Low Latency Kernel

Anyone else running the low latency kernel?

uname -a
Linux HP-Laptop 5.15.0-58-lowlatency #64~20.04.1-Ubuntu SMP PREEMPT Fri Jan 6 18:45:25 UTC 2023 x86_64 x86_64 x86_64 GNU/Linux

It's the same kernel version as the generic kernel I was using before (newer kernels don't support ZFS sufficiently yet), but:

  1. Boot is a bit faster (except for ZFS pool importing is a bit slower).

  2. The CPU usage is a bit lower, so the CPU idles at a lower temperature.

  3. Applications open a bit faster, notably SRWare Iron opened in about 3/4th the time of the generic kernel, and there's none of the very, very slight keyboard lag of the generic kernel when typing my password into websites.

I think that's because the low latency kernel threads IRQs by default, so they can be preempted; dynamic preemption is enabled throughout the kernel:
grep PREEMPT_DYNAMIC /boot/config-$(uname -r)
CONFIG_PREEMPT_DYNAMIC=y
CONFIG_HAVE_PREEMPT_DYNAMIC=y
... and that dynamic preemption improves throughput!


Table 1. Throughput Test: dbench Runs

Kernel Throughput
2.5.2 24.3813 MB/s
2.5.2-preempt 28.5920 MB/s

The timer frequency is also higher (1000 Hz vs. 250 Hz for generic); so with a many-core CPU, everything just works better. As CPUs gain more cores, the context-switching cost per core goes down, so naturally throughput increases as compared to lower core-count CPUs.

All-around, it just feels more responsive and quicker.

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Sorry, I decided to run the 6.2.7 kernel, generic. My system sees no difference in performance using the standard or low latency (have used low latency in the past).

Another little bump in performance:
sudo apt install rtirq-init

In /etc/default/rtirq:
Change: RTIRQ_NON_THREADED="rtc snd"
To: RTIRQ_NON_THREADED="rtc"

Change: RTIRQ_NAME_LIST="snd usb i8042"
To: RTIRQ_NAME_LIST="ACP_PDM_IRQ snd_hda_intel snd_pci_acp3x snd_rn_pci_acp3x snd_pci_acp5x snd_pci_acp6x snd usb i8042"

You find what to put in the line above by issuing sudo lspci -v, noting the IRQs used by the sound system components, then issuing cat /proc/interrupts and using the text in the right-hand column for each of those IRQs.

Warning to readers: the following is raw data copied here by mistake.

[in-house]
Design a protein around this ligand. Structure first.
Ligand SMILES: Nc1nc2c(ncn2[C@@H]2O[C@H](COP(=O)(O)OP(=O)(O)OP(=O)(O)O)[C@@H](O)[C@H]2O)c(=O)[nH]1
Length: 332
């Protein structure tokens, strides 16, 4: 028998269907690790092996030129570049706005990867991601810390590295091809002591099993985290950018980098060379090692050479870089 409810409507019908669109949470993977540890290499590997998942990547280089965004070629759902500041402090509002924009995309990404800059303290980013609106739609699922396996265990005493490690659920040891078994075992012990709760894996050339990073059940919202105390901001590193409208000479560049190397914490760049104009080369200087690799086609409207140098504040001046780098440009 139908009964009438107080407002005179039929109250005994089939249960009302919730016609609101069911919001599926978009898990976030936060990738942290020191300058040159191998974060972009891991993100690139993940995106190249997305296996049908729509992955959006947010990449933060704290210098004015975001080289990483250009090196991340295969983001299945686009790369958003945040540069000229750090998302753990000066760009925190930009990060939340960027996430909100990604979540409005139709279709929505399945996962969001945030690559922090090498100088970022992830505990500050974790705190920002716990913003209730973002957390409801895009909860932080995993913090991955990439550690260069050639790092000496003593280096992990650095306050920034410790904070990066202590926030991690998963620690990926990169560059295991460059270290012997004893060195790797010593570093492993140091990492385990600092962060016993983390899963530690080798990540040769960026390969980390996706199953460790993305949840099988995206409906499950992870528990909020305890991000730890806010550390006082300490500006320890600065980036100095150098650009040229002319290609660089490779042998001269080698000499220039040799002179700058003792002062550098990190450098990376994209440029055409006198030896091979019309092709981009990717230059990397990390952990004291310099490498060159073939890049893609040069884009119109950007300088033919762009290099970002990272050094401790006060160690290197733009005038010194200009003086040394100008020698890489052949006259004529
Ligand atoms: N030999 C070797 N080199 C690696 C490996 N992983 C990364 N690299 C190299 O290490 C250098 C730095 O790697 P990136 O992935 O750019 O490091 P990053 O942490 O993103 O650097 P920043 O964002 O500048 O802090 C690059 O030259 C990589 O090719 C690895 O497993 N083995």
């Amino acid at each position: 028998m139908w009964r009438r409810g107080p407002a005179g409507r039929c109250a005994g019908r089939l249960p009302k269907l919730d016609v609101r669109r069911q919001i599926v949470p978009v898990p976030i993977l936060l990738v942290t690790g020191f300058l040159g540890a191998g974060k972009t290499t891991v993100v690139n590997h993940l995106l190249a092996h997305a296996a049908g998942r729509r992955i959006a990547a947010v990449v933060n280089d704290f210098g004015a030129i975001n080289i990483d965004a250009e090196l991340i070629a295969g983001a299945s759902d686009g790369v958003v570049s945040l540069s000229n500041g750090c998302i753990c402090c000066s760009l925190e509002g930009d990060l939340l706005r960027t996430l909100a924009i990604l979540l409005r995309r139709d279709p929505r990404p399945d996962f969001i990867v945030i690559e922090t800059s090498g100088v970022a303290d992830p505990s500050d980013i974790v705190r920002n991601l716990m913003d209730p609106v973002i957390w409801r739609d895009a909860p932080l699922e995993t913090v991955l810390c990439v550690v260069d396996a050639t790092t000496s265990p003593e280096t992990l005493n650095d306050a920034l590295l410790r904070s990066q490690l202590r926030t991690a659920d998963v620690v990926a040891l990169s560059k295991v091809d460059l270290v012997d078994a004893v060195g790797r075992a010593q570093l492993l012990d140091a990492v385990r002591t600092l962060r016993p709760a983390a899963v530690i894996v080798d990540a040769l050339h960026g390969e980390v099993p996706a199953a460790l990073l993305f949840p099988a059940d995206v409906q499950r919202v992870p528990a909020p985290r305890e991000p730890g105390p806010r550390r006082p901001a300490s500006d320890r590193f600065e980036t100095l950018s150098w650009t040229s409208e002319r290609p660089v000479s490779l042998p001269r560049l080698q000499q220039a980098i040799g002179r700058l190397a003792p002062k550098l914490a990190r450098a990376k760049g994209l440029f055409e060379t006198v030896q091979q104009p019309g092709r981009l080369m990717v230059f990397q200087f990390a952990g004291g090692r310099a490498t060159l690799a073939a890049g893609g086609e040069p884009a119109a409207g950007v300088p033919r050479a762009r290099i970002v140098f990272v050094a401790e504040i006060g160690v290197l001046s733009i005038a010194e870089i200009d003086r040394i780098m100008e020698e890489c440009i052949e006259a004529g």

If you don't do the immediately above, it will appear to work as long as you have the Settings window open (and with the focus) to the Bluetooth tab, but as soon as you close the Settings window, it'll start stuttering again. Doing the immediately above gives the IRQs used by the sound system components the highest priority, so they can be serviced by the CPU in a timely manner, no matter if the Bluetooth Settings window is open or not.

In Grub:
GRUB_CMDLINE_LINUX_DEFAULT="threadirqs preempt=full tsc=reliable numa=on nosmt=force nohz=1-5 rcu_nocbs=1-5"

I added the threadirqs kernel parameter, which changes the interrupt handlers to run in a threaded context. While the low-latency kernel does thread interrupts, it doesn't thread the interrupts related to sound. By forcing the sound system to use threaded interrupts (and giving those IRQs higher priority), we force guaranteed servicing of the sound system threads within a specified time.

This helps especially if you've got your phone connected via Bluetooth to your computer, and your headphones connected via Bluetooth to your computer, and you're listening to podcasts from your phone, through your computer, to your headphones (so you can hear your phone and your computer in the headphones)... without threadirqs and rtirq-init, the sound is choppy, no matter what setting I use for the CPU performance (I can peg all the cores to maximum frequency and the sound will still be choppy)... but with those added, it was only choppy very occasionally.

To fix that last bit of choppiness, I changed:
sudo sh -c "echo 10 > /sys/devices/system/cpu/cpufreq/conservative/down_threshold"

I decreased the CPU load at which the CPU will throttle down (previously 50).

sudo sh -c "echo 20 > /sys/devices/system/cpu/cpufreq/conservative/up_threshold"

I decreased the CPU load at which the CPU will throttle up (previously 99).

sudo sh -c "echo 10 > /sys/devices/system/cpu/cpufreq/conservative/freq_step"

I increased by how much the CPU frequency increases per step (previously 1).

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